Black Box Prize

The Lush Prize Black Box Award aims to stimulate a worldwide research and training focus on ‘human toxicity pathways’, with a view to replacing animal tests in toxicology.

A toxicity pathway is the cellular chain of events that follow when a toxic chemical first interacts with cells in the body.

The Black Box Prize offers a £250,000 award, in any one year, for a key breakthrough in this area of research.

In 2015, the first Black Box prize was awarded to a group of scientists who were involved in mapping, designing and approving replacement tests in the human toxicity pathway of skin sensitisation (allergy).

The Lush Prize judges believe that mapping each human toxicity pathway represents a key step into a future where a superior molecular science replaces the old, imprecise, technology of testing on animals in laboratories.

This would drive forward the 21st-century culture change in the world of toxicology research and training which has already started as a result of the U.S. National Research Council’s 2007 report.

It is called the ‘Black Box Prize’ because traditional product safety testing, relying on animal tests, explains little about whether and how chemicals cause adverse health effects in humans: it treats the issue as a ‘black box’. Lush Prize wants to help open the box and improve the science of safety testing.


21st-Century Toxicology and toxicity pathways

21st-Century Toxicology is so called because it applies novel and emerging techniques and models developed in this century, such as the ’omics (such as genomics, transcriptomics, proteomics), human induced pluripotent stem cells, three-dimensional human tissue models, high-content analysis microscopy, microfluidics (e.g. labs-on-chips) and systems biology (the computational interpretation, integration and modelling of experimental data – molecular, cellular, tissue, etc. – to create understanding of complex biological processes at the whole organism level).
A transformation in toxicology has been unfolding since the publication of the U.S. National Research Council’s 2007 report. This recommended a “21st-century paradigm” for safety testing, involving a radical move away from studying apical endpoints in animal tests towards a completely new framework based on understanding toxicity pathways within human cells.
A toxicity pathway is defined as the cellular chain of events that follow when a toxic chemical first interacts with cells in the body, such as by a receptor interaction or through DNA binding – known as the molecular initiating event. Toxicity pathways represent adverse perturbations of normal cell pathways, resulting in changes in gene function, cell signalling or protein production, and affecting the health and function of the cells (e.g. membrane changes, oxidative stress).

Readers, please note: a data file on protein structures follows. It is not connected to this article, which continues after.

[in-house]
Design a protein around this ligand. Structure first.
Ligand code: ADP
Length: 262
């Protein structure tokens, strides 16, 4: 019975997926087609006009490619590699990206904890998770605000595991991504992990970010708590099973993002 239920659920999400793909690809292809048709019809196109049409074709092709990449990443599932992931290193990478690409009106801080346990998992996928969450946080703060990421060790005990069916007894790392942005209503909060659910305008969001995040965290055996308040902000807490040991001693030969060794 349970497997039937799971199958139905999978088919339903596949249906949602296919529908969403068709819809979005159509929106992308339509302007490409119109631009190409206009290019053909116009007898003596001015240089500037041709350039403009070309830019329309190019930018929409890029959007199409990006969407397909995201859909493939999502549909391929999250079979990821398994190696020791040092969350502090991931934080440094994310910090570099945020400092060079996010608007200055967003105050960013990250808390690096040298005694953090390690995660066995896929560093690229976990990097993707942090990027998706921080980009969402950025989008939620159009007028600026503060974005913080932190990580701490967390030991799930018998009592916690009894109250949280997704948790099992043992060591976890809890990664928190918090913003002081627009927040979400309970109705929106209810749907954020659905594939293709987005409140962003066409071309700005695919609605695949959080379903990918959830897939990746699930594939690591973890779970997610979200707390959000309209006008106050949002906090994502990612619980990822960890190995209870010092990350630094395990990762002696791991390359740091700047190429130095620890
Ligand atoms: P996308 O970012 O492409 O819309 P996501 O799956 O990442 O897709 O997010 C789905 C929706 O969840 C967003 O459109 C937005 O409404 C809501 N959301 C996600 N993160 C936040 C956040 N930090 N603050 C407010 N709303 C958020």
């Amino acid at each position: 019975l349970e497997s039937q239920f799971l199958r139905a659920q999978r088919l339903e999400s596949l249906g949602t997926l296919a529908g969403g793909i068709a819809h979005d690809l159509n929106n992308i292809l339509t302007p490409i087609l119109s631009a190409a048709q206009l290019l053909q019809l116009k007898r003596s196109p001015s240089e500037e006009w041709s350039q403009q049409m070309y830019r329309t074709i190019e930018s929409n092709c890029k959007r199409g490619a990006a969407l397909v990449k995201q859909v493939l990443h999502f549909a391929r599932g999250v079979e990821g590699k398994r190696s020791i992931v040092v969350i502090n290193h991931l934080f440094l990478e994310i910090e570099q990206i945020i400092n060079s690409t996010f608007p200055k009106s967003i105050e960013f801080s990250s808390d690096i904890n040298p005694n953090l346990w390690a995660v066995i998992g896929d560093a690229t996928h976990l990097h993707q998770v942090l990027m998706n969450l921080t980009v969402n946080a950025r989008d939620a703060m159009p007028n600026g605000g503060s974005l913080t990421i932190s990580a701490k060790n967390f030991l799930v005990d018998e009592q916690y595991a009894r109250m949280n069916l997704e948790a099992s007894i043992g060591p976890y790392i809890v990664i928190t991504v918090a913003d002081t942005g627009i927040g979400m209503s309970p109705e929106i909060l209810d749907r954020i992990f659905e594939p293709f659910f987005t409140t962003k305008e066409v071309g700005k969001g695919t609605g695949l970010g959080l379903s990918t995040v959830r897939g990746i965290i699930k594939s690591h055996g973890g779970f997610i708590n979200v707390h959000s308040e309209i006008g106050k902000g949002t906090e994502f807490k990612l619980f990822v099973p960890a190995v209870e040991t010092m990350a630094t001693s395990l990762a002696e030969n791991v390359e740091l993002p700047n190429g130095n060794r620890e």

The eventual result is seen as a toxic effect (or adverse health outcome) in the whole organism, such as when a chemical carcinogen causes a tumour. Although most toxic effects ultimately involve a complex interplay of different tissues, organs and body systems, toxicity pathways research focuses on the early events at the molecular and cellular levels.
Key toxicity pathways are being elucidated using computational models and human-specific molecular and cellular studies in the test tube, with the aid of systems biology tools. Assays can be developed which identify whether or not chemicals trigger these pathways and eventually lead to toxic effects.

Advantages of 21st-Century Toxicology

21st-Century Toxicology offers dramatic advantages over traditional animal testing: speed, human relevance, cost-effectiveness, understanding the causes of toxicity, predicting human variability and effects at different life stages (e.g. infants, children, adults), testing chemical mixtures; and the replacement of animal testing, which causes suffering to many thousands of animals every year.
There are expected to be hundreds of toxicity pathways, variously associated with different cells (e.g. skin, liver, kidney, nervous system) in the body and with different classes of chemicals.

A single chemical may activate several such pathways, but there is probably a smaller core of cellular events that will provide the key targets for new safety tests. A full elucidation of some toxicity pathways is very close, for example for direct carcinogens and for skin sensitising chemicals.



Research is eligible for the Black Box Prize if it fully elucidates and describes a human adverse outcome pathway, with experimental evidence to demonstrate all the necessary key steps from the first interaction of one or more chemical molecules to the full effects at the cellular, tissue or individual level.

Research must have led to the development and regulatory acceptance, ideally at OECD level, of one or more non-animal tests that replace some or all existing animal tests related to this pathway.

The research should have been completed and published within five years prior to the annual award.

We are not requesting nominations for the Black Box Prize, but welcome your ideas, feedback and suggestions.